There’s the definite sense that folks put genuine thought and care into this series, and that shines through in the production itself. While the setting is fairly standard European-style fantasy, the background art and architecture help give each location an immediate sense of personality, from the grand but cold gardens of Selenfalen to the rustic, cozy halls of Inaco Palace.
The animation isn’t flashy, but the storyboards are solid and sometimes damn good, and the art establishes characters well, particularly when it comes to Ani’s more restrained reactions. She’s desperately trying to stay composed even as she becomes more and more annoyed with the boys around her, and the animators convey that with subtle clarity.
It’s also a clever production, which goes a long way toward helping the audience buy into this ridiculous pretty-boy-laden world. There are some great tongue-in-cheek and meta-gags throughout, such as the dialogue options that display above Ani’s head when she’s torn on how to respond to an awkward situation or the “Who’s That Pokemon”-style eye catches featuring the boys in pin-up poses. This is Hoshino Makoto‘s first time as a series director, but I’m already excited to see more.
All of that is great, of course, and helps separate DamePri from the pack, but where this premiere really shines is its female protagonist. Otome VNs tend to have blank-slate leads that act as a self-insert for the player, relying on the boys’ development to carry the story. DamePri dispenses with that convention in favor of a magnificently layered main character who can hold her own and has zero time for all these noble yahoos.
Ani is keenly aware of her position as the crown princess of a relatively weak nation and handles herself with restraint and diplomacy throughout her visit, but she’s no pushover, either. She politely but bluntly shoots down the boys’ more absurd offers and calls them out any time they stray too far into Harem Trope Land.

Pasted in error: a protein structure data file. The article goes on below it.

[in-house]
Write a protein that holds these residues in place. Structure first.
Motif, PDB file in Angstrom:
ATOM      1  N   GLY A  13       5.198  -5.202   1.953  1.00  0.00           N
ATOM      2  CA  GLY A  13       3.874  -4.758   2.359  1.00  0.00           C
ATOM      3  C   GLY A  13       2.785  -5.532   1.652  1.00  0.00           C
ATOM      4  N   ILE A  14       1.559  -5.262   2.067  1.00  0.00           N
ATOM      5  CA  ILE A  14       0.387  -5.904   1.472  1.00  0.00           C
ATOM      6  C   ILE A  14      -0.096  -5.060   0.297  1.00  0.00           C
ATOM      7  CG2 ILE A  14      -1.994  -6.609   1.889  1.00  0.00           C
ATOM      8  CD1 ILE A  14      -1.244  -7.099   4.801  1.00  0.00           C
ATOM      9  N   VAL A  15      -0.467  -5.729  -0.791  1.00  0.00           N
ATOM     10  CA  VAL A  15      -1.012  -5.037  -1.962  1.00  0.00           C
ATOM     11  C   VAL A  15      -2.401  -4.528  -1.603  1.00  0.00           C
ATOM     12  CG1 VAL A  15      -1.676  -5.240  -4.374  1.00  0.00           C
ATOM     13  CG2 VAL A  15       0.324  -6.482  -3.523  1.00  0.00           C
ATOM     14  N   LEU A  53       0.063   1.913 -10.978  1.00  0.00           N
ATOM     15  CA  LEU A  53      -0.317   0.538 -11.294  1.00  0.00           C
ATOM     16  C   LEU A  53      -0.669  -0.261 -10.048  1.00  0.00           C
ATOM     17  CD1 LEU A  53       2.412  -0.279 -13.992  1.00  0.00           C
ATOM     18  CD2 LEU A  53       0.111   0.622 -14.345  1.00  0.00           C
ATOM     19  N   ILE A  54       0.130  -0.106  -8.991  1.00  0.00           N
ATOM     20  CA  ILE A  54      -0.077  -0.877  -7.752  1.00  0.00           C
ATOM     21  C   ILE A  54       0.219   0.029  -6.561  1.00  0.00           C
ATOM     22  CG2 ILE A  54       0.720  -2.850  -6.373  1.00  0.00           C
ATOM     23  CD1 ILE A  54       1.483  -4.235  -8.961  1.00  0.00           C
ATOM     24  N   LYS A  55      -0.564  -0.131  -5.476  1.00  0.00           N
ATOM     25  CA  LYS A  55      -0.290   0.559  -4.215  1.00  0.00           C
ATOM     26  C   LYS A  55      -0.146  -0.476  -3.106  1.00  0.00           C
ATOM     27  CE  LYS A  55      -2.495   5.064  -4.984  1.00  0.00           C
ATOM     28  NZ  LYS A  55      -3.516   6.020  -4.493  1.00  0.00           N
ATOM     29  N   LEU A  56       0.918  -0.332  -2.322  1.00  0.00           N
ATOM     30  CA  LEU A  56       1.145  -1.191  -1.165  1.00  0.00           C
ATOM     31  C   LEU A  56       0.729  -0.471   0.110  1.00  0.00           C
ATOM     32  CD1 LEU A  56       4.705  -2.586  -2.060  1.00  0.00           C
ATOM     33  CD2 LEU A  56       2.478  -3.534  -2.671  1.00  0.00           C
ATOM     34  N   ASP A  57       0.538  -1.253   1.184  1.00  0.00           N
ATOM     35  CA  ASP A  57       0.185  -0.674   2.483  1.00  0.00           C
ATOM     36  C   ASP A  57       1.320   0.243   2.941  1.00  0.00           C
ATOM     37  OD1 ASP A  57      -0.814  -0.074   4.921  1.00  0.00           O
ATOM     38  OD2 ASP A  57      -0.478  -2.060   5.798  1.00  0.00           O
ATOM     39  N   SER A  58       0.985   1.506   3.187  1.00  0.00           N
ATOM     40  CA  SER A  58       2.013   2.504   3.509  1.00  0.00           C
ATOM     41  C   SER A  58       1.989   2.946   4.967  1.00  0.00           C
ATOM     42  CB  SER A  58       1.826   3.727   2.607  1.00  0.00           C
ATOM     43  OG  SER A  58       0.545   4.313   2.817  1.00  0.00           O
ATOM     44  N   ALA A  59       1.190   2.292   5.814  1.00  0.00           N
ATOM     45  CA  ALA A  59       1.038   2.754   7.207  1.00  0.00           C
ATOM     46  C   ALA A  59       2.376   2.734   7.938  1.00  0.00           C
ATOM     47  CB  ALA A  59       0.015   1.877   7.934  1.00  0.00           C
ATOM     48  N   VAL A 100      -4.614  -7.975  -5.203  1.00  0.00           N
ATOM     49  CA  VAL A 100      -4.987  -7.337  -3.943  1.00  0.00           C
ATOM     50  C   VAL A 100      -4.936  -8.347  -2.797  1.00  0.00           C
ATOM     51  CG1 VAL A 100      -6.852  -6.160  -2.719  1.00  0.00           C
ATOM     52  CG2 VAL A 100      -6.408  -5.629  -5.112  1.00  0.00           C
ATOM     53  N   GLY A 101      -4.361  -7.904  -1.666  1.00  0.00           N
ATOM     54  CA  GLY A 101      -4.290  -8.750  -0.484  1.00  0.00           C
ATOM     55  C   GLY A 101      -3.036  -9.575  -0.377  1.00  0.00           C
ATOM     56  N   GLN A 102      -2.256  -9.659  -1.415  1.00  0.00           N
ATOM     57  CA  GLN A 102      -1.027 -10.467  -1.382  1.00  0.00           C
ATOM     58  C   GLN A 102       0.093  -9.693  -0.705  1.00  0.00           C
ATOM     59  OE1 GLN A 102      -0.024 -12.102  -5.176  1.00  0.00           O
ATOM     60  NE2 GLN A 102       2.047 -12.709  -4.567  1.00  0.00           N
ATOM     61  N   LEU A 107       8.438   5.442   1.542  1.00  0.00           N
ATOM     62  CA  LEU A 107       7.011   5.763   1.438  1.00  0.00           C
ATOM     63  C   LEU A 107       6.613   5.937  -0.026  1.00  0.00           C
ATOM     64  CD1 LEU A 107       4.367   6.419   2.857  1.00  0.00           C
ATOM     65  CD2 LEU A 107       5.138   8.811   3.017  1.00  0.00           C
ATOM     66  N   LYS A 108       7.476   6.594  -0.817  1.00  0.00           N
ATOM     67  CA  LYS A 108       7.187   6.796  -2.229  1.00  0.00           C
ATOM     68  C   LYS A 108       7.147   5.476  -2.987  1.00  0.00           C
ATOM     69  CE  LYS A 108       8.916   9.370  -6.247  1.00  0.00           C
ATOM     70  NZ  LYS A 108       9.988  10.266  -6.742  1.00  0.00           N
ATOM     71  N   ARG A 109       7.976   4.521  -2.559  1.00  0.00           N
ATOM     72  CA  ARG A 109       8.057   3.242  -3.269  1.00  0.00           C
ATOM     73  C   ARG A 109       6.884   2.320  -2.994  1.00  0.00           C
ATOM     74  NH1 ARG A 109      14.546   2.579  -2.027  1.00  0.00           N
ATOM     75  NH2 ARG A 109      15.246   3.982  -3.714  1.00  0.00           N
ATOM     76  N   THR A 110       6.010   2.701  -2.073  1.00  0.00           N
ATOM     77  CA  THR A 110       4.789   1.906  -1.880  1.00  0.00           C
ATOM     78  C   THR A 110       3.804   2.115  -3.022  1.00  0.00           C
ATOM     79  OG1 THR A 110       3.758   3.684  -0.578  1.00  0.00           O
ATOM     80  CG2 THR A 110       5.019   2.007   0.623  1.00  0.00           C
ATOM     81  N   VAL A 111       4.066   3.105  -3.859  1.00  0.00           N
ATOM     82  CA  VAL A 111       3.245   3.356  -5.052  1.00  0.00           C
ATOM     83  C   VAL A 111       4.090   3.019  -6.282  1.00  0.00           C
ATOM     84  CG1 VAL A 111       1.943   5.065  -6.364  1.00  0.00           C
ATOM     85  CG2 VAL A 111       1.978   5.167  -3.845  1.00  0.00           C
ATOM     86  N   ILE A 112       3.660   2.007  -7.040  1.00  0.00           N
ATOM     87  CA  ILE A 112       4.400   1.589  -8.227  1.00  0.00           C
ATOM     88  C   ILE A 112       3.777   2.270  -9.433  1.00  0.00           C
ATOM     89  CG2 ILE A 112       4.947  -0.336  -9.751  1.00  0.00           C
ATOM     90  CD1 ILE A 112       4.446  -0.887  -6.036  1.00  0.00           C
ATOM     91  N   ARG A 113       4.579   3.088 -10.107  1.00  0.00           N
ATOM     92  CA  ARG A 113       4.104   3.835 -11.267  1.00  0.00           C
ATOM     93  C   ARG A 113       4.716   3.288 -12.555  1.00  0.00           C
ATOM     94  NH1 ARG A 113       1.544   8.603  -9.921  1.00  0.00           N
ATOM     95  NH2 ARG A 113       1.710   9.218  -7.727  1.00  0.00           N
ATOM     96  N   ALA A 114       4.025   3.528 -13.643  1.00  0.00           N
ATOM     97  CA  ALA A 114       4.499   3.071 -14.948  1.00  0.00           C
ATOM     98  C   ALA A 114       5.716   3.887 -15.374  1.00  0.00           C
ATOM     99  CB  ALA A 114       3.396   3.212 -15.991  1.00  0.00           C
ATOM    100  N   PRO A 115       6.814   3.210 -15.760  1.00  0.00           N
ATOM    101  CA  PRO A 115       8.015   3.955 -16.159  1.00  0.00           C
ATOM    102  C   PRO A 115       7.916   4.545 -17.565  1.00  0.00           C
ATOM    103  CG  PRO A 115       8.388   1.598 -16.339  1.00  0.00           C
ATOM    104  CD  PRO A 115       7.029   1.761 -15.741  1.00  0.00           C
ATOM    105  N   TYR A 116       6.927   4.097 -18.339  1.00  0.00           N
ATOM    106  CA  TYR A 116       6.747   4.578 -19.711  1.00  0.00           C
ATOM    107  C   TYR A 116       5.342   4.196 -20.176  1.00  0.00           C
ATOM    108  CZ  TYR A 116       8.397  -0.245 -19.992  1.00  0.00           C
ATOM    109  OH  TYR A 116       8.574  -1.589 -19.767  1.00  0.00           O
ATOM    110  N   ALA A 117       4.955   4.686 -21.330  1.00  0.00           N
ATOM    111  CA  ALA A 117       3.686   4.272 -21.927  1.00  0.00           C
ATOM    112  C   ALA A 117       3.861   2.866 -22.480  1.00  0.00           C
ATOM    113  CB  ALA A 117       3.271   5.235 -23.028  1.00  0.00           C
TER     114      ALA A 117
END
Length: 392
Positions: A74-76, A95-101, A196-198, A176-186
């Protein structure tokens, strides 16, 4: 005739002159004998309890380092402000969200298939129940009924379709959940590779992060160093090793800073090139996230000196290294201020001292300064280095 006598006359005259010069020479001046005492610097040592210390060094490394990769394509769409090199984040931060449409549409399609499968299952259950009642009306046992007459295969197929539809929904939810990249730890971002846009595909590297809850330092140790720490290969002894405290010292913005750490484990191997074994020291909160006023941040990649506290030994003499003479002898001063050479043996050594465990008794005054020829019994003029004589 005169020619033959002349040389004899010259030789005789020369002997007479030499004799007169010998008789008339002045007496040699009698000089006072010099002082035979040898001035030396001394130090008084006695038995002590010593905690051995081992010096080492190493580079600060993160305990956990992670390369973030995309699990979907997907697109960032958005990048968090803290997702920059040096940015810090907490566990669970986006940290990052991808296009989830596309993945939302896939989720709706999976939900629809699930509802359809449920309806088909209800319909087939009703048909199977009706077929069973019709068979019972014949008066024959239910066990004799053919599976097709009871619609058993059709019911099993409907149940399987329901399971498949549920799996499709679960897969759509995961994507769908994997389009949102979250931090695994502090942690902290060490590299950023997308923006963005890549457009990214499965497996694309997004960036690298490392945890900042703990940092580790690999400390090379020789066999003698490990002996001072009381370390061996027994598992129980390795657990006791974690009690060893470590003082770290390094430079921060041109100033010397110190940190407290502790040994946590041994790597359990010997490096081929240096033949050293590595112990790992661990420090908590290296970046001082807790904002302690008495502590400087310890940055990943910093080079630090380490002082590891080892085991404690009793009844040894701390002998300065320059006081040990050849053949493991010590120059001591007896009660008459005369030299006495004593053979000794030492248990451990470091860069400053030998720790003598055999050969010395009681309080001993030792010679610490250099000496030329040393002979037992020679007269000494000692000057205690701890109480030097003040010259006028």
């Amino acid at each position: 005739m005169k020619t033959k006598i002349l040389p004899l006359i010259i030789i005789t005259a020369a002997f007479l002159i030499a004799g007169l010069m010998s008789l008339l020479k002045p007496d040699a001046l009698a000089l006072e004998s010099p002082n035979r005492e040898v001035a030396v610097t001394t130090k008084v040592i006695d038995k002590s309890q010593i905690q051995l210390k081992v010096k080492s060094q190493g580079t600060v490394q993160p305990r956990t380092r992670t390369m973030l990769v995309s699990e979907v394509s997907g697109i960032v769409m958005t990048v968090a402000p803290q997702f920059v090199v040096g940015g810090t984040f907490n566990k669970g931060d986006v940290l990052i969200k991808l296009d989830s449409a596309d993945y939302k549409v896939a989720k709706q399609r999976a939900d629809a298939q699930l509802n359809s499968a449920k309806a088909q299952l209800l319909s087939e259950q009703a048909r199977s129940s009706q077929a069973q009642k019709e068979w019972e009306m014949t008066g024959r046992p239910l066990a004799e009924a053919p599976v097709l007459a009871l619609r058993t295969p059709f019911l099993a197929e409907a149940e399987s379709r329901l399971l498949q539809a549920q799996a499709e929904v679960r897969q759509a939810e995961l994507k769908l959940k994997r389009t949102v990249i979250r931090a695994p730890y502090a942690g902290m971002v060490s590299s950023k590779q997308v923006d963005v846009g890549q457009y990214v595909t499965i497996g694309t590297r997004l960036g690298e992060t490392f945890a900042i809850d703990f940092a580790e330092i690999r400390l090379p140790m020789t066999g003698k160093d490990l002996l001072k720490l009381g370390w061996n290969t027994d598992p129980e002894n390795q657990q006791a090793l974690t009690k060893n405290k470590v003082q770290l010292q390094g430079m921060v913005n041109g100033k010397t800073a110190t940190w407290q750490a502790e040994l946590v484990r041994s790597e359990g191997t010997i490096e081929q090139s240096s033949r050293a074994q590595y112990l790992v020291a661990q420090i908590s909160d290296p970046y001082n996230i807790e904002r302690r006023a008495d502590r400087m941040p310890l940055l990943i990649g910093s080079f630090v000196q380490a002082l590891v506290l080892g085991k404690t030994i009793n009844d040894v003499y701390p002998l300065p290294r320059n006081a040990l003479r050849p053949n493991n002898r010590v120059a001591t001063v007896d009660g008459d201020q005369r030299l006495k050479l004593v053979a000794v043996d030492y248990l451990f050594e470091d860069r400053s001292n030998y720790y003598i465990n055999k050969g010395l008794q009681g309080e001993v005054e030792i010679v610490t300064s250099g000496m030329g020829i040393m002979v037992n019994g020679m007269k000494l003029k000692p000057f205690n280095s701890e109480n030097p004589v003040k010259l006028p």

She’s not so much “patient” as she is “strategic,” a responsible but perpetually annoyed young woman trying to do what’s best for her country without becoming a doormat in the process. She’s clever and pragmatic and firm, and it gives me hope that if the series does become a political power game, Ani will be more than capable of handling herself.
Do I have any critiques? Uh, I mean, I’m always low-key annoyed that most series in this genre don’t have any queer romantic options… although at this point I’m not even sure DamePri is going to be a romance, and I sort of hope it won’t be. Also, Ani’s parents do slot into gender-normative roles, with her dad as the brawn and her mom as the brains… but I love Ani’s sweetly smiling evil genius mother so much that it’s hard for me to really care about that, either.
So. Er. No, not really. No real critiques. What can I say? DamePri was made for me. I laughed a lot and can’t wait for more. If it can keep up this charm and comedic energy, it’s well on its way to being my surprise favorite of the season. Fingers crossed, folks.
Comments are open! Please read our comments policy before joining the conversation and contact us if you have any problems.